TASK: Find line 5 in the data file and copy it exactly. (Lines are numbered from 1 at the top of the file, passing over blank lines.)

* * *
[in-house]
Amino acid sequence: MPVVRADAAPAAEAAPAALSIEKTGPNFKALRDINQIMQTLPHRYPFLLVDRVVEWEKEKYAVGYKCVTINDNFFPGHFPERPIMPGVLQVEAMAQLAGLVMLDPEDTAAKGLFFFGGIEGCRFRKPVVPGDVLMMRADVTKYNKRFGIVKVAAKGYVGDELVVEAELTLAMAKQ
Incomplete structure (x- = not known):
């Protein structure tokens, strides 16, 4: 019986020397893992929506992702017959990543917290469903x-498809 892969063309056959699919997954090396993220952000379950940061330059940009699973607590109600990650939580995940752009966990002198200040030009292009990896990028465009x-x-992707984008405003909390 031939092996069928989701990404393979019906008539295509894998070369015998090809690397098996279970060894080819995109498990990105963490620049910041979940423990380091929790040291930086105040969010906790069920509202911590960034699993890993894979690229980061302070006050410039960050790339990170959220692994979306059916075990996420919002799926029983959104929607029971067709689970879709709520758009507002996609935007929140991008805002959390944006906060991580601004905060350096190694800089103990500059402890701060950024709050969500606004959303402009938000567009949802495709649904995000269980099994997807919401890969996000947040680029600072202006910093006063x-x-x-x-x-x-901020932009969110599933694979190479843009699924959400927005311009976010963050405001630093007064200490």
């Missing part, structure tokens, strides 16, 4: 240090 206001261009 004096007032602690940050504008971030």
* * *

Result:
């Missing part, structure tokens, strides 16, 4: 240090 206001261009 004096007032602690940050504008971030």